You should see how much quilting cotton I own. Shelves and shelves. It’s easy to find and to sew, doesn’t shift around or stretch when you don’t want it to, and it doesn’t require any special sewing tools. Because most my sewing patterns at Tie Dye Diva Patterns are for children’s clothing and designed for beginning seamstresses on up, I recommend, and use, quilting cottons for many of my patterns. They are perfectly appropriate for many kinds of children’s clothing, like dresses, rompers, shorts, and bloomers.
But, they’re not right for everything. They don’t drape well so some designs can look boxy, they don’t have the weight needed for durable pants for active kids, they don’t stretch, they are limited in warmth, and while they come in many amazing prints, they lack texture that can give an outfit interest.
So I jumped at the chance to blog with Cali & Co. and explore their dazzling array of apparel fabrics, with just a little trepidation since I have been working with ‘the easy stuff’ for so long! These adorable Back to School outfits are made entirely with apparel fabrics from CaliFabrics.com (with the exception of the white tee on the model. Got lazy there.)
So I’ll be breaking down my ‘adventure with apparel fabrics’ into a few posts and tell you how it went and some things I learned along the way.
Well it makes sense to start with that cute fur vest, yummy right? Though, it’s the longest story and was the least successful of the five Back-to-School pieces.
The pattern I used is our (free-to-Facebook-Group-members) Open Back Top pattern for Girls, worn backwards. I adjusted the back neckline (formerly the front neckline) just a little higher to make it look like a traditional back neckline, but made no other adjustments.
The fabric is black chinchilla Cuddle fur, lined with a silver satin designer lining with a repeat crown motif.
Yep, experimenting with a pattern drafted for cottons, to be worn backwards, made from a slinky, drapey faux fur and a slippery poly satin. In my notes under “special tools needed” I write: “glass of wine”.
The Cuddle fur is a soft, textured, medium-pile fur with a slinky, drapey backing. The pile isn’t quite as long as what I usually would think of as ‘faux fur’ but much more than regular Cuddle/Minky fabric. I was undecided at first whether to treat it as a faux fur and trace/cut from the backing side or just have at it with the rotary cutter and deal with the potential mess. I opted for the easy way (no surprises there). I did trace the pattern back full size onto newspaper rather than try to cut on fold and for both pieces used my – ahem – fancy pattern weights that just might resemble butter knives instead of using pins. I am very sensitive to little bits of fuzz and fluff and fabric dust in the air (asthma, yay), so I kept the vacuum cleaner and lint roller close at hand.
See the fuzz? Not too bad at all! Just be sure if you decide to vacuum along the cut edges that you have a *really* firm grip on the rest of the piece because otherwise you just might suck the whole thing up into the vacuum bag and then have to de-lint and de-fuzz and de-dust it all over again, which may or may not be firsthand advice. After cleaning up the edges, I lint-rollered the surface and the rest of the process was really quite clean and nothing to fear.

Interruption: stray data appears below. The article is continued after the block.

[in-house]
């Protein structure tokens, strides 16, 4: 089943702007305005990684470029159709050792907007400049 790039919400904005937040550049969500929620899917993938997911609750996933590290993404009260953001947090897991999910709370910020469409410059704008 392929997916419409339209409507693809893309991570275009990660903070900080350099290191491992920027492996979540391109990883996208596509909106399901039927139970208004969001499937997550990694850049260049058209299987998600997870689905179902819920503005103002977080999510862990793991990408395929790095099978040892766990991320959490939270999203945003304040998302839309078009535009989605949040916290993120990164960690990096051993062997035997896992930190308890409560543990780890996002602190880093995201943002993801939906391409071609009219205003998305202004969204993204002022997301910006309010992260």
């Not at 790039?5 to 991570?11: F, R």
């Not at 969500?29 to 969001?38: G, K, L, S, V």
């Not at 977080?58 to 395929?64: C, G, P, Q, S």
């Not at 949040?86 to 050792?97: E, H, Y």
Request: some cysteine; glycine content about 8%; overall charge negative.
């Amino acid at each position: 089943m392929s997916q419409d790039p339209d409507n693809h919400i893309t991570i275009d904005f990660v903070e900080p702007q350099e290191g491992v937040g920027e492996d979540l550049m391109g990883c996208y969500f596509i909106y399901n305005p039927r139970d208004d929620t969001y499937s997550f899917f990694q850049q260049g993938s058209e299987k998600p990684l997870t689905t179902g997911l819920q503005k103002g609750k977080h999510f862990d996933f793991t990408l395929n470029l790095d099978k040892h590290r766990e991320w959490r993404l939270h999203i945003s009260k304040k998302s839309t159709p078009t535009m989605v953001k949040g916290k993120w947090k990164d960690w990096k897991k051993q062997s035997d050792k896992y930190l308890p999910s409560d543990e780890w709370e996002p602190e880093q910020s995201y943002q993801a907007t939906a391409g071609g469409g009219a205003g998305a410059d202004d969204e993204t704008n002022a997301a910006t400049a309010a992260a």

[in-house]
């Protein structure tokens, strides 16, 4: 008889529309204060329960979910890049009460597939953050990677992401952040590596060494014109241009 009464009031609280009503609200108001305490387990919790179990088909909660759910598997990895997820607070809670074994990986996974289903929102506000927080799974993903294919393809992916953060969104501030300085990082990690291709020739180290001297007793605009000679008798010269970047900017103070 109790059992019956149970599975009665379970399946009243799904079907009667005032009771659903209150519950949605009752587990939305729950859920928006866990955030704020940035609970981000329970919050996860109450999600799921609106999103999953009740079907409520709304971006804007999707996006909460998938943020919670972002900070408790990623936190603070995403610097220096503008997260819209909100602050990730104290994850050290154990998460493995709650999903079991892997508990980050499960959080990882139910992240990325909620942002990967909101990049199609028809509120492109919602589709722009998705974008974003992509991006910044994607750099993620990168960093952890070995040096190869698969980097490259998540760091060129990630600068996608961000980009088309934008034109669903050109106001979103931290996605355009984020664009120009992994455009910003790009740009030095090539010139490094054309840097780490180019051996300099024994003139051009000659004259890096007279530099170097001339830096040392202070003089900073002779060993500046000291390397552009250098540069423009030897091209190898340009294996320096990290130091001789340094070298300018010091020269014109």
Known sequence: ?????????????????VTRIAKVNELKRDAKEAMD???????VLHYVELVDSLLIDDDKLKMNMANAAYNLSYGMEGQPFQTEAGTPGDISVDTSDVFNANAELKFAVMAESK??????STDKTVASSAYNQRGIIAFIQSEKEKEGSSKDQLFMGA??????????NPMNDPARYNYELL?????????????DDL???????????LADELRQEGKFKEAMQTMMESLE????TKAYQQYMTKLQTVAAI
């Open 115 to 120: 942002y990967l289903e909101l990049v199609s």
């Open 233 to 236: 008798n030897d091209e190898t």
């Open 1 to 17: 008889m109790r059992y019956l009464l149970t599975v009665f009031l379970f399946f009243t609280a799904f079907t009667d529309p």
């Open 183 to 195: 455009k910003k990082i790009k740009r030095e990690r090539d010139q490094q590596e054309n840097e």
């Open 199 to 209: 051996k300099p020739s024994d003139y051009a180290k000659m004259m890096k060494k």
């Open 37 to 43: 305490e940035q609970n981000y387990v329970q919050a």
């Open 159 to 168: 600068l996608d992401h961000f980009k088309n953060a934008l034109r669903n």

The satin liner fabric was a little shifty but not too bad, I cut it using the same method as the cuddle fur.
For “pinning” the pieces, I used not pins but wonder clips, lots of them! A necessity, made this all so much easier than pinning, plus the satin is tightly woven and not pin-friendly or forgiving of pin holes.
One more “special tools” necessity – walking foot. When you are sewing two fabrics together, a walking foot grips the top layer so it moves at the same speed as the bottom layer that is being moved along by the feed dogs. Out of habit, I sewed the first part of the seam with the satin side down, figuring I didn’t want the stretchy fur near the feed dogs. It did not sew very smoothly, and since the walking foot was preventing the fur from stretching anyway, I flipped it over fur-side-down and the rest sewed with no problem.
I sewed per the pattern but understitched rather than topstitched. Tried the vest on my model and – drat. The front edges kept rolling outward so the liner was showing. The liner also seemed a little loose inside.
I took in the side seams of just the liner a little and the rolling issue on the front edges was improved but not fully corrected – you can see it flipping out a little in the photos. On a second go if I were determined to use this same experiment at using the Open Back Top pattern, backwards, for a fur vest, I might redraft the front edges to drop straight down rather than angle and see if it’s the shape/bias of the angles causing the rolling problem and also cut the liner a little smaller all around to pull the fur to the liner side.
My takeaway: Don’t fear the Cuddle! The mess was minimal and sewing was easy with the right tools, and with a pattern designed for the fabric, this project might have been a total success instead of “adorable, but don’t look too close”.
Special tools/notions needed: ballpoint needle, 100% polyester thread, walking foot. Vacuum cleaner, lint roller, wonder clips. Glass of wine optional.